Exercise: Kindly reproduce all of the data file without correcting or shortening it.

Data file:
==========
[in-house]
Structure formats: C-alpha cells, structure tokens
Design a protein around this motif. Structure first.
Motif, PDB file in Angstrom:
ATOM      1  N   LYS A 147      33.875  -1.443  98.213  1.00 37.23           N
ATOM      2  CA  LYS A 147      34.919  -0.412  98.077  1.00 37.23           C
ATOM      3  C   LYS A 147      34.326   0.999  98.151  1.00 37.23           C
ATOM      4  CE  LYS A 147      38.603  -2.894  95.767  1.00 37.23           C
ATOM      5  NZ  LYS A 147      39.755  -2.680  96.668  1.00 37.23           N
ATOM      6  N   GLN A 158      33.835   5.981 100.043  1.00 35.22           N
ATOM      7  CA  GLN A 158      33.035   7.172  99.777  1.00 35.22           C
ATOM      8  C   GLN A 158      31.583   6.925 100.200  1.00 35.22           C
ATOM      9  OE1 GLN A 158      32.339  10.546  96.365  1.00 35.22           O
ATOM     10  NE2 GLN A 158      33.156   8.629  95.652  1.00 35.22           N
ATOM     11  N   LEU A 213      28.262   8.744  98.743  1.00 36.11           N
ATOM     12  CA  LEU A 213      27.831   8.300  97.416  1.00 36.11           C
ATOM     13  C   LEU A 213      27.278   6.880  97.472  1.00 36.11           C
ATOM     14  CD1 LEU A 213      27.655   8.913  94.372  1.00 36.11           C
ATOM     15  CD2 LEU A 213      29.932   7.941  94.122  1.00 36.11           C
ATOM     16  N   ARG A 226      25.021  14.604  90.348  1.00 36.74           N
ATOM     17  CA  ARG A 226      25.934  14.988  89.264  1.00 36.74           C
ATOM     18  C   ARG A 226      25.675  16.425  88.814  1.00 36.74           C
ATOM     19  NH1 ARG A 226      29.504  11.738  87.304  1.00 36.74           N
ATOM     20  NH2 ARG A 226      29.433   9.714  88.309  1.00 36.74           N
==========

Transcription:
[in-house]
Structure formats: C-alpha cells, structure tokens
Design a protein around this motif. Structure first.
Motif, PDB file in Angstrom:
ATOM      1  N   LYS A 147      33.875  -1.443  98.213  1.00 37.23           N
ATOM      2  CA  LYS A 147      34.919  -0.412  98.077  1.00 37.23           C
ATOM      3  C   LYS A 147      34.326   0.999  98.151  1.00 37.23           C
ATOM      4  CE  LYS A 147      38.603  -2.894  95.767  1.00 37.23           C
ATOM      5  NZ  LYS A 147      39.755  -2.680  96.668  1.00 37.23           N
ATOM      6  N   GLN A 158      33.835   5.981 100.043  1.00 35.22           N
ATOM      7  CA  GLN A 158      33.035   7.172  99.777  1.00 35.22           C
ATOM      8  C   GLN A 158      31.583   6.925 100.200  1.00 35.22           C
ATOM      9  OE1 GLN A 158      32.339  10.546  96.365  1.00 35.22           O
ATOM     10  NE2 GLN A 158      33.156   8.629  95.652  1.00 35.22           N
ATOM     11  N   LEU A 213      28.262   8.744  98.743  1.00 36.11           N
ATOM     12  CA  LEU A 213      27.831   8.300  97.416  1.00 36.11           C
ATOM     13  C   LEU A 213      27.278   6.880  97.472  1.00 36.11           C
ATOM     14  CD1 LEU A 213      27.655   8.913  94.372  1.00 36.11           C
ATOM     15  CD2 LEU A 213      29.932   7.941  94.122  1.00 36.11           C
ATOM     16  N   ARG A 226      25.021  14.604  90.348  1.00 36.74           N
ATOM     17  CA  ARG A 226      25.934  14.988  89.264  1.00 36.74           C
ATOM     18  C   ARG A 226      25.675  16.425  88.814  1.00 36.74           C
ATOM     19  NH1 ARG A 226      29.504  11.738  87.304  1.00 36.74           N
ATOM     20  NH2 ARG A 226      29.433   9.714  88.309  1.00 36.74           N